Linux Socket programming help

This is a discussion on Linux Socket programming help within the C Programming forums, part of the General Programming Boards category; Hi, I'm creating a very basic chat program which doesn't use a server as such. If the application is run ...

  1. #1
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    Mar 2005
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    Linux Socket programming help

    Hi,

    I'm creating a very basic chat program which doesn't use a server as such.

    If the application is run with no arguments then it acts a pseudo server. If it has an argument (ip address) then it will connect to that host.

    I am fairly ( ) sure that the applications are connecting properly but when trying to send and receive messages all I get is either a few question marks or nothing. Often it garbles the display on the client terminal.

    once comiled usage is ./msg and ./msg 127.0.0.01

    for server and client respectively

    Any help would be greatly appreciated.




    PS

    I know that the whole send - receive timing and such isnt working yet I am trying to get them just to display any received messages first.
    Attached Files Attached Files
    • File Type: c msg.c (1.9 KB, 96 views)

  2. #2
    ATH0 quzah's Avatar
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    Well for starters, your indentation is horrible. Next, main returns an int, so stop with the "implicit int" stuff. Is it that hard to type three characters?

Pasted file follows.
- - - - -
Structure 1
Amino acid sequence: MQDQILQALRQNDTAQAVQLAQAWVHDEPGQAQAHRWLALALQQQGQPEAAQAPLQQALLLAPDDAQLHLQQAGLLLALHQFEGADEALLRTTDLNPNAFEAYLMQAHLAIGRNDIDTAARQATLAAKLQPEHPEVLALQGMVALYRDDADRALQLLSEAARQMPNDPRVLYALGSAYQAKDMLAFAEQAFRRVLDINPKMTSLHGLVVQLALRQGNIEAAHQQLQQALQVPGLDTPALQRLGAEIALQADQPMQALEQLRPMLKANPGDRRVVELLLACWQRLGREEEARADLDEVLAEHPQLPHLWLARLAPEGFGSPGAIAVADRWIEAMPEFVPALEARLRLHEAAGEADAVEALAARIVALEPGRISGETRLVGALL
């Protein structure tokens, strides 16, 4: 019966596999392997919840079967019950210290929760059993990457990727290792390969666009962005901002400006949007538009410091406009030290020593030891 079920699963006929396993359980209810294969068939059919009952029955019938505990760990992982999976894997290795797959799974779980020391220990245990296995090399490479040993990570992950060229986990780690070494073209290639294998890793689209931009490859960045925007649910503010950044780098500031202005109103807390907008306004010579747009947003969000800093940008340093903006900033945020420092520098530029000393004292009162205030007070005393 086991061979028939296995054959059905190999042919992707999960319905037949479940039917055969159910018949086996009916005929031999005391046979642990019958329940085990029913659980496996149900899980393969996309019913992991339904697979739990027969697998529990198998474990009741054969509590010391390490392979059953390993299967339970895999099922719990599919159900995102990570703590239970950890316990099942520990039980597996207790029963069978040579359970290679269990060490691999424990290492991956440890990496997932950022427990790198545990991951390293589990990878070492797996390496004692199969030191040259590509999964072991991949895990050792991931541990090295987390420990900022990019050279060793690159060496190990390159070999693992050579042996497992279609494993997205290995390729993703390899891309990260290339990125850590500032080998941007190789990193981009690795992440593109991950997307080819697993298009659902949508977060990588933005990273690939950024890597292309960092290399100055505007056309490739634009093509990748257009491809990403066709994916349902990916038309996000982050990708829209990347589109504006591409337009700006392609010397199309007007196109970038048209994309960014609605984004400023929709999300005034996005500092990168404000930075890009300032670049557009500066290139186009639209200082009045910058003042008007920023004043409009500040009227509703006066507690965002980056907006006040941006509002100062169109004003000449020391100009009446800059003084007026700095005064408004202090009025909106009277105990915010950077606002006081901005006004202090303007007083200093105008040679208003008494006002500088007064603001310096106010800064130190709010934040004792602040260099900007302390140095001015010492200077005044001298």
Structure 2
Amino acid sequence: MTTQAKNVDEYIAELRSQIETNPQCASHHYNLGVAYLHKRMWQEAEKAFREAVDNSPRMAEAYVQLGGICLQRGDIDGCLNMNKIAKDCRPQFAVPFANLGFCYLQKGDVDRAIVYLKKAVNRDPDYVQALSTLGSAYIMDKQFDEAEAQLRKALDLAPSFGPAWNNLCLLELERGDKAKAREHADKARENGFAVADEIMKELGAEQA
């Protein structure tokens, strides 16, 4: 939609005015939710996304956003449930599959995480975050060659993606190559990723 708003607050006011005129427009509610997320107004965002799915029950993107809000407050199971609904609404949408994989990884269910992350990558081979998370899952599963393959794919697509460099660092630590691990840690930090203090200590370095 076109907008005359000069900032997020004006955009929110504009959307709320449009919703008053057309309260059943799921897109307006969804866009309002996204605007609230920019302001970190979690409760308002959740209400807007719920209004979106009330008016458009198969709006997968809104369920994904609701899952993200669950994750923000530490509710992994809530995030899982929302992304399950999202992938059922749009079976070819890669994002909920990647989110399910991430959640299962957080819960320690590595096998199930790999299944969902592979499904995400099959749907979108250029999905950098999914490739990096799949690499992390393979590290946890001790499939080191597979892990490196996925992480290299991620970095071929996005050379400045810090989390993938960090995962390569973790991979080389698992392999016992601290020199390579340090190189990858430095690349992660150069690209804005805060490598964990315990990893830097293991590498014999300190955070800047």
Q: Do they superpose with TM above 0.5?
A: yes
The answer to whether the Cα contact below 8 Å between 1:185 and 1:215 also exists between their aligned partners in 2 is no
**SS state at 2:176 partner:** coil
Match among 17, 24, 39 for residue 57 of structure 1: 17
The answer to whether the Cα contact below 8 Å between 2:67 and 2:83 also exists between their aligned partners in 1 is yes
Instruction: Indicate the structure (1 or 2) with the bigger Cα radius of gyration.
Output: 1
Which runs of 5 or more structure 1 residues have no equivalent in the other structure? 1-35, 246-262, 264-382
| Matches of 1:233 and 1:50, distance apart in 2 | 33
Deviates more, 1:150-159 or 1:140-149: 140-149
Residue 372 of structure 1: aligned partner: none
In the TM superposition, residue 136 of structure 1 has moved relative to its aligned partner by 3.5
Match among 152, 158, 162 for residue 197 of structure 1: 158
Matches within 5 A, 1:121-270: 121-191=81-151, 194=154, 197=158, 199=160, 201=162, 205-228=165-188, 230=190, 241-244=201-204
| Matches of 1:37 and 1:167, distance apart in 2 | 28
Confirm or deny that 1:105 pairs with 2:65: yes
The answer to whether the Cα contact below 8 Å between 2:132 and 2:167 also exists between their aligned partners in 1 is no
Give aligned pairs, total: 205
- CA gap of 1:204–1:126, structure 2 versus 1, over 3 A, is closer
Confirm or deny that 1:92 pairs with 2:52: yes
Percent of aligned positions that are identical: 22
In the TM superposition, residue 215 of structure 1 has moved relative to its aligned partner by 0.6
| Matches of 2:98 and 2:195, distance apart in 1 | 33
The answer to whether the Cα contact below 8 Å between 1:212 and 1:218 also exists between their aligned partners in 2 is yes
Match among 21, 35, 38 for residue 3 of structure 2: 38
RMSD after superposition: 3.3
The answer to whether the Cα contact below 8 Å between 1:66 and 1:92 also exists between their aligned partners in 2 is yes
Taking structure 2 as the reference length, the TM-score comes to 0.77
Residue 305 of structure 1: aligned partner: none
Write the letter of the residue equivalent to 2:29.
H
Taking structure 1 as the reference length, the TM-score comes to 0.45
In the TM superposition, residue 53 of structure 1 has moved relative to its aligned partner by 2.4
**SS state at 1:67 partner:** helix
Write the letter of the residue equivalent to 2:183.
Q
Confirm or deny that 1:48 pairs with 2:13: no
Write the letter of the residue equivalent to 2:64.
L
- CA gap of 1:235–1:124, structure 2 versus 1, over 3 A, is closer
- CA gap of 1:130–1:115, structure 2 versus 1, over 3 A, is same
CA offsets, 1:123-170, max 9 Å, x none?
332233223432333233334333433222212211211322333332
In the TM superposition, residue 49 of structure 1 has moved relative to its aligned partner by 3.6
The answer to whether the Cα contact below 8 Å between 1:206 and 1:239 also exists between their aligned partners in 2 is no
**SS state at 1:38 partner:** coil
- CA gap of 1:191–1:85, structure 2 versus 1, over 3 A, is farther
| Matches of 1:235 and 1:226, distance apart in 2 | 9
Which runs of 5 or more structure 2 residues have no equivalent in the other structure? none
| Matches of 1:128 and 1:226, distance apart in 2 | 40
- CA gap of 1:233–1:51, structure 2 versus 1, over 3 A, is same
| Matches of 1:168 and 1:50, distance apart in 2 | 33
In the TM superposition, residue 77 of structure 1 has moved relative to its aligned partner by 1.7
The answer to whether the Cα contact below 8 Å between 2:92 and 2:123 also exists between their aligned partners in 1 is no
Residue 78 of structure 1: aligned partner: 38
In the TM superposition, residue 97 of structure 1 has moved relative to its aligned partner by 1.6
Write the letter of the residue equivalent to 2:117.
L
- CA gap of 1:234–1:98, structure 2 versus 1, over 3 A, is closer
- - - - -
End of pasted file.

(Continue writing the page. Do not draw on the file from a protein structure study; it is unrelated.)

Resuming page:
Code:
    int buffsize=1024; /* Why aren't you using BUFSIZ? */
    
    char *recvd = malloc(buffsize);
    
    char *msg = malloc(buffsize);
    
    ...snip... 
    
    	//while (1)
    	//{
    		printf("Client says %s\n", &recvd); /* This is wrong. Lose the address-of. */
    		//break;
    //	}
    
    ...snip...
    	
    	scanf("%s", &msg); /* This is wrong. address-of isn't for pointers. Just use its name. */
    
    ...snip...
    
    int buffsize=1024; /* Why are you declaring another of these? */
    int buffsize1=1024;
    char *msgn = malloc(buffsize);
    
    char *msg= malloc(buffsize1);
    
    while (1)
    {
    //scanf("%s", &msg); /* This is wrong. */
    msg = "hello world\n\r";
    if(send (sock,msg, buffsize1,0)==-1)
    
    ...snip...
    
    printf("Server says: %s\n", &msgn); /* This is wrong. Lose the address-of. */
    That'll do for a start.

    Quzah.
    Hope is the first step on the road to disappointment.

  3. #3
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    Smile

    Hey thanks, a seems to be working much better. My lecturers never mention that address-of was only for variables that werent pointers.

    And yep my indenting sux lol, by the way, are there any user friendly IDE's for Linux, I'm currently using the text editor in RH9 which doesnt have even syntax highlighting.

    Thanks again, Mat

  4. #4
    ATH0 quzah's Avatar
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    I use vim. (Which is aliased by default on my machine as vi.) You can turn on syntax hilighting in it if it isn't on by default. You may not like it, but I do.

    Well address-of gives you the address of a variable. Pointers are just variables that store addresses. Everything is passed by value. That means, if you pass a variable X to a function, it takes the value that's stored in X and passes that. When a function takes a pointer as an argument, what actually happens is that it takes the value stored in the pointer (an address) and passes that value to the function.

    Therefore, you can fake you're using a pointer by passing the value of a variable's address to a function which would normally want a pointer's value. Remember, the value of a pointer is an address. So, by using the address-of operator, you get a value which is an address. You can take that value and pass it to a function which wants that sort of thing.

    Now all of that either helped greatly, or confused the hell out of you. Either way, my work here is done.

    Quzah.
    Hope is the first step on the road to disappointment.

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